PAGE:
A Public Information Centre session (PIC) was held on September 23, 2014 for a Controlled Access Highway 69 from the Estaire Road Interchange to Highway 17, a distance of approximately 6.3 km; and for the Highway 17, Southeast By-Pass from Highway 69 to Bancroft Drive, a distance of approximately 9.8 km.
Here are our main concerns in regards to this and other prohibited access highway projects that are being planned for Sudbury:
– When building roads for Ontarians, cyclists of all ages and all abilities must be accommodated, as per the new #CycleON Strategy.
– Building multi-use trails certainly addresses the needs of recreational cyclists during certain times of the year (eg summer), but may not necessarily address the needs of commuters and cycling tourists. We should not be depending on multi-use trails as the solution for all cycling traffic. Trails are currently the only potential options for cyclists in this stage’s design documents.
– When building roads, we should ensure that paved shoulders or parallel cycle tracks are included in all designs, in particular if a highway is the only way to get to a destination that was previously accessible to cyclists.
– If an existing route is converted into a prohibited highway, safe and convenient options must be offered to cyclists that do not include the directive to use an alternative route that adds significant distance and time to their trips. Alternatives should not include highways or roads that are already dangerous to cyclists, without a plan in place to address these deficiencies. For example, we are told by the project team to use the existing Highway 17 to Markstay instead of the new prohibited highway. This existing road has no paved shoulders.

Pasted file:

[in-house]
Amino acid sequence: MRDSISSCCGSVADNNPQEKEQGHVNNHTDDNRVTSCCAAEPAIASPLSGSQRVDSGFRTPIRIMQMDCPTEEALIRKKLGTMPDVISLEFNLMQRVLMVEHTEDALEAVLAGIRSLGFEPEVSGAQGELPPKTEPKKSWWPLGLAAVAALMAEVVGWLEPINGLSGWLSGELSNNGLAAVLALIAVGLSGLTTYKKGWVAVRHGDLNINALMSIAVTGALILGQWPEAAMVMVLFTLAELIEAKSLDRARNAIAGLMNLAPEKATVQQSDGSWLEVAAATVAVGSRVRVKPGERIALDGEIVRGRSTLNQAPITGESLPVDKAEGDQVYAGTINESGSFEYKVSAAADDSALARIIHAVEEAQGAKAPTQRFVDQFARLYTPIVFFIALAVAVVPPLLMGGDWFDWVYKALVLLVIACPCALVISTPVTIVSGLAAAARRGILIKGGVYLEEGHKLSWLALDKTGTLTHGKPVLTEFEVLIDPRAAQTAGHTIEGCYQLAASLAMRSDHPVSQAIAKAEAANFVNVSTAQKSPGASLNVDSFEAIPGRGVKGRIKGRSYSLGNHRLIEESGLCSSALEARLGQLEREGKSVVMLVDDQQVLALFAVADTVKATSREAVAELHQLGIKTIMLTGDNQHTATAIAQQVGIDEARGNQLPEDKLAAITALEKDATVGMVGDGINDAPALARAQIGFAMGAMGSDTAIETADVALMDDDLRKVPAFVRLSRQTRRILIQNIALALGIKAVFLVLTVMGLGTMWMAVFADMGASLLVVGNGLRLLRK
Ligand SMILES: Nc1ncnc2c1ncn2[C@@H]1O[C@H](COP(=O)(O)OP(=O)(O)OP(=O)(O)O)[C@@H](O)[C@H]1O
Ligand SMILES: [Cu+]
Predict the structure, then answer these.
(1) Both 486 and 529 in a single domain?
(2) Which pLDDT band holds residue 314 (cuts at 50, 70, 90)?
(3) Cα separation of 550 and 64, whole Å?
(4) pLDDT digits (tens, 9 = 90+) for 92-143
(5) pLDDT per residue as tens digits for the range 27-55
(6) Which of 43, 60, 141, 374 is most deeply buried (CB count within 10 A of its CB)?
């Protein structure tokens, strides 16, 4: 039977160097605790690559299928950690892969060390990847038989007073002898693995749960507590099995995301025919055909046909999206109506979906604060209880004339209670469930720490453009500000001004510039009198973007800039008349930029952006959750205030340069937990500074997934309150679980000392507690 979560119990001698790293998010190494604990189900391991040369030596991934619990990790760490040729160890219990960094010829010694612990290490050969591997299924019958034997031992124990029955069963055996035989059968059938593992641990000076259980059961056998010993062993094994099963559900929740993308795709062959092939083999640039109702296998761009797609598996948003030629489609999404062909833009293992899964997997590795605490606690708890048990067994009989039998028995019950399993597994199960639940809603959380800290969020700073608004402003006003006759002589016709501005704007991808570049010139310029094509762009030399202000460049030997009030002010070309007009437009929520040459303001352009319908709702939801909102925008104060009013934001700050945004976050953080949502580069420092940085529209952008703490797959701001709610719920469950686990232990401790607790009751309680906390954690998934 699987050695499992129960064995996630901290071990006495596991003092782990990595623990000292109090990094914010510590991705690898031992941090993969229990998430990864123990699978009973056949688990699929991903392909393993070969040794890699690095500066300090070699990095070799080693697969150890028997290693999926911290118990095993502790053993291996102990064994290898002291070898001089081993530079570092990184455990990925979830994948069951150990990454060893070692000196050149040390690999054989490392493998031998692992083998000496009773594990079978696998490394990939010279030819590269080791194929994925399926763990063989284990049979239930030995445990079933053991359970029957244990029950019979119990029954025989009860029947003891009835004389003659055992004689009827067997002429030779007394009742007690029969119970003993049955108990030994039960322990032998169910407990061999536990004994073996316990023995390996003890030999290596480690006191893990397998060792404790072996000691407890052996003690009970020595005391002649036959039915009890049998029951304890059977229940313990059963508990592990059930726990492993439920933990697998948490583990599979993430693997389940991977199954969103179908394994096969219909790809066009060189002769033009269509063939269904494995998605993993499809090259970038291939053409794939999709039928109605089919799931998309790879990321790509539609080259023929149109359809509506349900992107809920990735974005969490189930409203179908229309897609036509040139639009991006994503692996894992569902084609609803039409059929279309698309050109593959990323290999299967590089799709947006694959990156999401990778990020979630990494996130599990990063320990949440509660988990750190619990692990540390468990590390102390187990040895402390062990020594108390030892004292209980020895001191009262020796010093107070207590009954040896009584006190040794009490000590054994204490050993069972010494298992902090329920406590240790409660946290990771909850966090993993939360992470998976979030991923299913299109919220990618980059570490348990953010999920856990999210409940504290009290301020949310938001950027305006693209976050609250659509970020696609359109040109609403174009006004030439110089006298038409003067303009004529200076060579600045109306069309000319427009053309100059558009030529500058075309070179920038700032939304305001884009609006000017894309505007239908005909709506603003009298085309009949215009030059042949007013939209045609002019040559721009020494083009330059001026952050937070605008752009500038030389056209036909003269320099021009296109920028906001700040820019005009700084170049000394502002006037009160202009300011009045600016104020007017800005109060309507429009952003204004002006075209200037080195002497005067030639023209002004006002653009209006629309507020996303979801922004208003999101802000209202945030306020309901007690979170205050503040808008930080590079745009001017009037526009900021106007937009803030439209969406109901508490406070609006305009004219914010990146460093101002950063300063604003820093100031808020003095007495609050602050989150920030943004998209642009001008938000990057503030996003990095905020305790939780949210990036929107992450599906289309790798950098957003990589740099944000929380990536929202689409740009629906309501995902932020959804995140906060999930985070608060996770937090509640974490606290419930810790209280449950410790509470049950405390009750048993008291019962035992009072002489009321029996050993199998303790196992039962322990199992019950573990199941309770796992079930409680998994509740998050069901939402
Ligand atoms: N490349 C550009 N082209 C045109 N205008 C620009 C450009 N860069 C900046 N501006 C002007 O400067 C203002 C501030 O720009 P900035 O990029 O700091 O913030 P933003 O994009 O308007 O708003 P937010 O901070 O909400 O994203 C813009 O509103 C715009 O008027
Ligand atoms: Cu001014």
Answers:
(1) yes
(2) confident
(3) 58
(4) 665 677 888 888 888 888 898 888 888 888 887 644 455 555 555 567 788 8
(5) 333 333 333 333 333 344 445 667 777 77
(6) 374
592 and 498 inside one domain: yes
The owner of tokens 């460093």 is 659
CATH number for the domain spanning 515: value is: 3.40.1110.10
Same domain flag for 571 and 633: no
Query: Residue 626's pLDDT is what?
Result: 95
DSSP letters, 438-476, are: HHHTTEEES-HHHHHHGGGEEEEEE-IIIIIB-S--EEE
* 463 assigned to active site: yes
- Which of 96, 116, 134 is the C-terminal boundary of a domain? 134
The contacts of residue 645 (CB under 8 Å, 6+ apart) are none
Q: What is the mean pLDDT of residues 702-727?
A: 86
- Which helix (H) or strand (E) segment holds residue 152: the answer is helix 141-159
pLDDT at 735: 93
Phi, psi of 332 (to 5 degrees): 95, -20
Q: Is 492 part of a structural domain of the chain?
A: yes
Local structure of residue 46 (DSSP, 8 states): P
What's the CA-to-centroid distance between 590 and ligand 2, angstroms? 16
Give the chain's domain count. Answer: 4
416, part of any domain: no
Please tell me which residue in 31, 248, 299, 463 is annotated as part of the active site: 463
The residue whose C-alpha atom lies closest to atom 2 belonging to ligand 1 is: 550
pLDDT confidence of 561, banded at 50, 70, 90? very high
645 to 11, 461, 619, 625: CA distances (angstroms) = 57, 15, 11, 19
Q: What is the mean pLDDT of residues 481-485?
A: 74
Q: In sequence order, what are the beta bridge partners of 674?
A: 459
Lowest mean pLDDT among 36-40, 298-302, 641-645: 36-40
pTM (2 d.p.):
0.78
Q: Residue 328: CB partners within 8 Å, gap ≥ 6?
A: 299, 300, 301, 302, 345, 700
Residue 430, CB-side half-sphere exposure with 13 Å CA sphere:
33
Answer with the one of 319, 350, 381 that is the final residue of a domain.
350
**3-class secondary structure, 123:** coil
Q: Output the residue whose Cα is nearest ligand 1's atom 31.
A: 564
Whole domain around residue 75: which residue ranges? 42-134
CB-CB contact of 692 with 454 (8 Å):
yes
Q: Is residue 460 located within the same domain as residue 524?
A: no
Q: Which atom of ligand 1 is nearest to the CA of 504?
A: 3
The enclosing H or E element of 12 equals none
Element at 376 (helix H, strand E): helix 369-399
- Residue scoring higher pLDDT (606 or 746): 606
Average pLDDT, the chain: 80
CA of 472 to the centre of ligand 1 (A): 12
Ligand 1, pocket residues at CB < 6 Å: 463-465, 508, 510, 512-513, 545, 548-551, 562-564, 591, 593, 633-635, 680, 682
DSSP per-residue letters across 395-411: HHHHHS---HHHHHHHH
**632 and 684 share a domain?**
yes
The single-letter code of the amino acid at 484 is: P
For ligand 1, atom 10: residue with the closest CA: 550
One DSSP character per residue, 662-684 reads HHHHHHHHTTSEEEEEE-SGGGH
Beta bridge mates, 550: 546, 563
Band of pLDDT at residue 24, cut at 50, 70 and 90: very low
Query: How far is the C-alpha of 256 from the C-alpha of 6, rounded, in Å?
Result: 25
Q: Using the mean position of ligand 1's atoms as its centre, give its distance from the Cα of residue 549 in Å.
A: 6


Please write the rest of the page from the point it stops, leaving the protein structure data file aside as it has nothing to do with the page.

– We question why more 4-lane “prohibited” highways are being built in Northern Ontario. Our provincial highways are often the only connectors to our communities, since we don’t have the network of parallel routes as does Southern Ontario. Also, many 4-lane highways in other areas of the country (including the Trans-Canada Highway in the western provinces) allow cycling.
– All prohibited highways have the underlying assumption that development will be prohibited along these roads, and that cycling infrastructure is therefore not required. This is discriminatory to cycling traffic as the message is that cyclists don’t warrant quicker and more efficient travel routes like motorized traffic does. And things do change over time; it is much more cost-effective to build in cycling infrastructure while initial construction is happening, rather than having to retrofit sometime in the future.
– The proposed project includes a 2-lane roundabout. Newer studies on roundabouts conclude that 2-lane roundabouts are significantly dangerous to cyclists. Safe accommodations for cyclists must be integral to the design of all roundabouts in Ontario.